Sitterhood is one way we can take actionable steps to becoming the best moms for our kids. If you are a stay-at-home mom like me, the occasional care is a realistic way you can take the actionable step of avoiding mom burn out with a break here or there as much as needed (both for you and for your kids).
I dare you to give it a try alongside me – let’s see how we can allow the days we spend with our kids be that much more intentional due to healthy breaks and saying yes to help.
Before I had kids, I always thought of childbirth as a natural, magical and joyous experience. Yes, I knew it was going to be extremely painful but I also thought I had a pretty high pain tolerance. I was excited about giving birth. It was going to be the happiest and most memorable experience of my life. After all, both my mom (who had birthed 3 daughters) and my sister (who had birthed 2 sons at that time), had very quick and easy labours. So why would it be any different for me?
The birth of my daughter couldn’t have been anything further from “quick and easy”. After 32 hours of labour, my midwife finally looked at me and said “I think it’s time you had an epidural”. I had hoped for a natural birth, but in that moment I would have welcomed anything that would take the pain away. About 10 hours after the epidural, my daughter was finally born. I didn’t know it at the time, but as soon as her head appeared the midwife noticed she wasn’t breathing. To make matters worse, her shoulder was stuck. A senior midwife was called into the room for support. She reached her arm in and managed to free my daughter’s shoulder. As I waited for my daughter to be placed on my chest for some skin-to-skin bonding, a group of doctors and nurses rushed into the room. I had no idea what was happening. I looked over at my partner who was praying next to me. They quickly got her breathing and took her out of the room to NICU. I finally got to meet my daughter for the first time about two hours later. This was not the magical experience I had imagined.
It took me a long time to convince myself and my partner that we should have another baby. Eventually we assured ourselves that the next time would be different. That this time we would know what to expect. So, four and a half years later, I was ready to give birth again.
We got to the hospital in the middle of the night. My contractions were already a minute apart and I was filled with confidence. The midwife had done a quick examination and given that I was only a couple of centimetre dilated, she suggested we walk around for a bit. As we walked through a dark and quiet wing of the hospital, my water broke. It was like a scene from a movie. I felt a huge gush and then water poured right through my pants and onto the floor. I dropped to my hands and knees and couldn’t move. The intensity of my contractions increased drastically. My partner ran to find a wheelchair and wheeled me back to labour and delivery. After examining me again, my midwife had decided to call in a doctor. The baby’s heart rate was low and there was meconium in my amniotic fluid. We were going to have an emergency C-section.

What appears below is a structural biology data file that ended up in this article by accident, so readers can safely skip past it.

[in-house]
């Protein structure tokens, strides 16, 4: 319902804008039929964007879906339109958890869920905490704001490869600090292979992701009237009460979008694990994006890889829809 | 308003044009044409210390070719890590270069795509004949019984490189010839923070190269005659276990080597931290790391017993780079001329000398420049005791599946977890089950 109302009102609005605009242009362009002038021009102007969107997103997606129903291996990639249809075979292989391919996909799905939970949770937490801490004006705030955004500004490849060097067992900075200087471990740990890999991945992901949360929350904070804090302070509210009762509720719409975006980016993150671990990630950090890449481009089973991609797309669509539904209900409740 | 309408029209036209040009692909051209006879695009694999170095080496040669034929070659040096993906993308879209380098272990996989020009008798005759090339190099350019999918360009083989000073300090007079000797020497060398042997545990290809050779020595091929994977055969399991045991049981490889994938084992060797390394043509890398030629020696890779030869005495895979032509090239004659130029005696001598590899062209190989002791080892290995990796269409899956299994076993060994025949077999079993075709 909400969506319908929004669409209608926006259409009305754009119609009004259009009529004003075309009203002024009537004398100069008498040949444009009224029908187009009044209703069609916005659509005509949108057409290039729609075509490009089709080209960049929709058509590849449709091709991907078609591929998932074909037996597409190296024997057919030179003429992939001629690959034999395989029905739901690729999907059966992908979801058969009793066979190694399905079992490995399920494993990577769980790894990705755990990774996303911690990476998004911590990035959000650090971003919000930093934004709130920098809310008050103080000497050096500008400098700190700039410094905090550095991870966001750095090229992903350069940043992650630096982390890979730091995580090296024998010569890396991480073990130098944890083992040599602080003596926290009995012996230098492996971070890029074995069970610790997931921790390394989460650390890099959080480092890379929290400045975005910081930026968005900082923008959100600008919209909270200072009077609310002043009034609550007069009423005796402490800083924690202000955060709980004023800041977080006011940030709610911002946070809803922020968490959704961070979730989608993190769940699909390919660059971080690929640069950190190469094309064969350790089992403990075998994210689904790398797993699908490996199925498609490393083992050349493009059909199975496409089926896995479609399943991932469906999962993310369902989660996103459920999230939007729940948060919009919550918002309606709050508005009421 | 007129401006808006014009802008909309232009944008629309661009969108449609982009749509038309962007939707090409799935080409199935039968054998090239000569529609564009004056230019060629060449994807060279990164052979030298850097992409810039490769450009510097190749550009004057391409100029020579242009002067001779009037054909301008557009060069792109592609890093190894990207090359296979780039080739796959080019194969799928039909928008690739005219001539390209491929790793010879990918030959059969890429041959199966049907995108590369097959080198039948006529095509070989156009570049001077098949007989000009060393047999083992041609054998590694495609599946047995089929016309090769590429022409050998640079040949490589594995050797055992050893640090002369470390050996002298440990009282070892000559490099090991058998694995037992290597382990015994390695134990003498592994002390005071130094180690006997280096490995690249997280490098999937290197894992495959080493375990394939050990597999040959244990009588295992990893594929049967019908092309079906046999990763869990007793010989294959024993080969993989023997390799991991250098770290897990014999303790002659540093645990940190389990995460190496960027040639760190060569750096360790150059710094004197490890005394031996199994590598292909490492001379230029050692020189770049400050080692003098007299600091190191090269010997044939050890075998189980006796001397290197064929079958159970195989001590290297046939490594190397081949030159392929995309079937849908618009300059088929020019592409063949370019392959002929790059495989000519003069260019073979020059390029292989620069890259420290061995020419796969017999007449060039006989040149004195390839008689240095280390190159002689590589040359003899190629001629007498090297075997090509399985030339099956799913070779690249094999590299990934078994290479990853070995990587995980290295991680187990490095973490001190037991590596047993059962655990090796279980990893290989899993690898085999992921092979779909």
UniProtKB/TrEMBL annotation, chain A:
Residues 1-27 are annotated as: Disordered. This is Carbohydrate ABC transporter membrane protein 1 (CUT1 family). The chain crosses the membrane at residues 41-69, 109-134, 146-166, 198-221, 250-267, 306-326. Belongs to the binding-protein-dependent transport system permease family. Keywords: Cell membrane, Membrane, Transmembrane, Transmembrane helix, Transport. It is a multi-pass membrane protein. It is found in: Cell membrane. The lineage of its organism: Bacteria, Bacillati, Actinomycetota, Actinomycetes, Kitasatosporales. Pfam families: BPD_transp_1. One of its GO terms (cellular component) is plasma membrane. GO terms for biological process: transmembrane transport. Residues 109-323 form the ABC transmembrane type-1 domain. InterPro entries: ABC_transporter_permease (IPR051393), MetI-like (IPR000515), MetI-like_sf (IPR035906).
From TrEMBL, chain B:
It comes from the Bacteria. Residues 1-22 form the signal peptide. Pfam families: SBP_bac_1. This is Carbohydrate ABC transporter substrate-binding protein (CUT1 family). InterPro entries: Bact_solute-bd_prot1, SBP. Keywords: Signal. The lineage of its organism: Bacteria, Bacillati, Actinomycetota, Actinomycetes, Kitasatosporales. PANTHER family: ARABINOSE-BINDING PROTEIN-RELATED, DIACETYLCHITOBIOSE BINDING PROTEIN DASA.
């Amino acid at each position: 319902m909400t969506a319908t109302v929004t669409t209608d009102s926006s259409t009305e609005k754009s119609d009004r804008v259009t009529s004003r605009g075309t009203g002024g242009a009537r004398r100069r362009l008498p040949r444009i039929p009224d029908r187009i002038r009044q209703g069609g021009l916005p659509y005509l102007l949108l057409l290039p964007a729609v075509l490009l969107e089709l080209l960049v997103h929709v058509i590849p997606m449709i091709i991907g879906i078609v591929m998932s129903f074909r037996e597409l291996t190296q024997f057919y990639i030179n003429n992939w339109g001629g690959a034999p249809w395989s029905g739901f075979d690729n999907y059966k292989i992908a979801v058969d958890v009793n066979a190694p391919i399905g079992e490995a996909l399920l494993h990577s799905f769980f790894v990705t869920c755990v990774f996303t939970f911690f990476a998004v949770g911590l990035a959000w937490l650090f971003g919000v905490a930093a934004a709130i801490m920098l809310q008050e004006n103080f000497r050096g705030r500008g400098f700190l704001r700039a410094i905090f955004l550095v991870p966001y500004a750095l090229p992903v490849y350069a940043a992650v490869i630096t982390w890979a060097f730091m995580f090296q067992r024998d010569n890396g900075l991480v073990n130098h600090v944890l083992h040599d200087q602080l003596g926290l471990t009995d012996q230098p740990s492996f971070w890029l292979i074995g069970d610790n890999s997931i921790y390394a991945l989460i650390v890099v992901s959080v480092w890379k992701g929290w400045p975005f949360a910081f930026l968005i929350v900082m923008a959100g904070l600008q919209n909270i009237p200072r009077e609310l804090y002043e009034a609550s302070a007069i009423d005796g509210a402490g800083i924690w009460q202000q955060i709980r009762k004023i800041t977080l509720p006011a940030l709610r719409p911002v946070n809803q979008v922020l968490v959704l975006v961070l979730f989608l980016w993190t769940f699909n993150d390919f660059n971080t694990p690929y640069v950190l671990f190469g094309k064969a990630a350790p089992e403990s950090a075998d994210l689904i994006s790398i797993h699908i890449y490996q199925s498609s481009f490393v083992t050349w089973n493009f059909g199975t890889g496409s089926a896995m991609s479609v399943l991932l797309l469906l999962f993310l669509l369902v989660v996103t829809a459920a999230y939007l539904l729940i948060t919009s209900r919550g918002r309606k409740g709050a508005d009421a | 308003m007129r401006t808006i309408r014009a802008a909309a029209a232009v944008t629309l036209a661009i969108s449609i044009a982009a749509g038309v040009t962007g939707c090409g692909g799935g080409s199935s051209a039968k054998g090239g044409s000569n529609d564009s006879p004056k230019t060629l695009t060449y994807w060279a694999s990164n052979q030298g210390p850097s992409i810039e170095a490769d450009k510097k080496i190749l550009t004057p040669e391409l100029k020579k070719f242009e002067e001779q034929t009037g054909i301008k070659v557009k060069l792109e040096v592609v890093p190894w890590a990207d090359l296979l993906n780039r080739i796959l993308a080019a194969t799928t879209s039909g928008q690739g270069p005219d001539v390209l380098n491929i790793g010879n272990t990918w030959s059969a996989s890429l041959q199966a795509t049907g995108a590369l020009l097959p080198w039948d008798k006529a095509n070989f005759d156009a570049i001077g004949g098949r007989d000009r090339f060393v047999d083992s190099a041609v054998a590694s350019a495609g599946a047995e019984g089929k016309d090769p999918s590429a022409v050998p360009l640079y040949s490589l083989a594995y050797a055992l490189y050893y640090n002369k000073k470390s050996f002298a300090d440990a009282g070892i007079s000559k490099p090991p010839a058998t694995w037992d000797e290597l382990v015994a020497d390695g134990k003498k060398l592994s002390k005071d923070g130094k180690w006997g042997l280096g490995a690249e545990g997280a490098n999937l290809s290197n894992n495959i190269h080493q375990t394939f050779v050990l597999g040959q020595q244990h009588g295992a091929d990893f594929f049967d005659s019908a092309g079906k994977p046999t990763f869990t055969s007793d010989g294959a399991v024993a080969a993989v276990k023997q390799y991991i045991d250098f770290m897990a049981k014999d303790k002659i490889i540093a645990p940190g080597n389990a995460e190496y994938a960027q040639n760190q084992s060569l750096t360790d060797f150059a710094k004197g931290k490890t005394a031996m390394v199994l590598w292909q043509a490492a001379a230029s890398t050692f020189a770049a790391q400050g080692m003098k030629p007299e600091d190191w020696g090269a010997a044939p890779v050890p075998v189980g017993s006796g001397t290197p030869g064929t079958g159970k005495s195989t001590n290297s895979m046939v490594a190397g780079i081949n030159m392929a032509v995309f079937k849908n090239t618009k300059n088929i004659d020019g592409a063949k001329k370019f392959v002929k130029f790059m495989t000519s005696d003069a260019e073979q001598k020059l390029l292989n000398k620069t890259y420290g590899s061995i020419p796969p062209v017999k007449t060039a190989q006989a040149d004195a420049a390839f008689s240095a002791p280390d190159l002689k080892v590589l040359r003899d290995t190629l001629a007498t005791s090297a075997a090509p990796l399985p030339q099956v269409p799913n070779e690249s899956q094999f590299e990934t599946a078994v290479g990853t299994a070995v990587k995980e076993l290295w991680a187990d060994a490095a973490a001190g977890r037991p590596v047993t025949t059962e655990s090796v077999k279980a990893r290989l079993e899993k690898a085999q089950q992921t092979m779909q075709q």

As I was being rushed into the OR, a nurse asked “would you like us to keep you awake? I’m sure you’d like to see your son being born.” I tried to say “yes” but as I opened my mouth I began to vomit and couldn’t stop. Then the nurse said something like “that’s not going to work, we’re going to have to put you under”. And I was immediately placed under anesthesia.
When I woke up, I was incredibly swollen and attached to all kinds of tubes. I was told my son was doing well but being kept in NICU for a few days. The doctors explained that my son was born just minutes after I got into the OR, but briefly afterwards my blood pressure became unstable and I had experienced excessive bleeding thought to be secondary to an amniotic fluid embolism. What should have been a 45 minute procedure, lasted over 3 hours. I had lost approximately 4.5 litres of blood. Luckily, the doctors were able to save my life through blood transfusions.
That day, the blood transfusions continued and I was being examined frequently. A few hours later, my heart rate spiked and I had significant bleeding from the incision site. I was taken for a CT scan where they discovered I had internal bleeding. They needed to place another IV in but were out of options on my arms, so they put a central line into my neck (a long thin tube placed into a large vain above the heart). After the central line was in, I was back on the operating table under anesthesia.
I woke up the next morning in ICU. One of the nurses that came in to examine me said “you know, you should consider this your birth as well”. Shortly afterwards, the nurses brought my son up from NICU. It had been more than 24 hours since he was born. Holding him for the first time didn’t feel the way I expected – I felt detached. In my head, I actually questioned if they had given me the right baby. This feeling of detachment would last for weeks, which also resulted in me feeling incredibly guilty for feeling that way.
Over the next couple of days, I was showing signs of improvement. I was still on blood transfusions but things were starting to look more stable. One of the nurses wheeled me out of my room to shower. As we went down the hallway, I saw a pregnant woman looking like she was about to go into labour. I was completely consumed with anxiety. I needed to save her. I needed to tell her not to go through with it! I quickly realized that it was too late to “save her” and hearing those words would no doubt terrify her. In that moment, I also decided that it’s probably better not to share my birth story. I didn’t want anyone to think that they might have the same experience.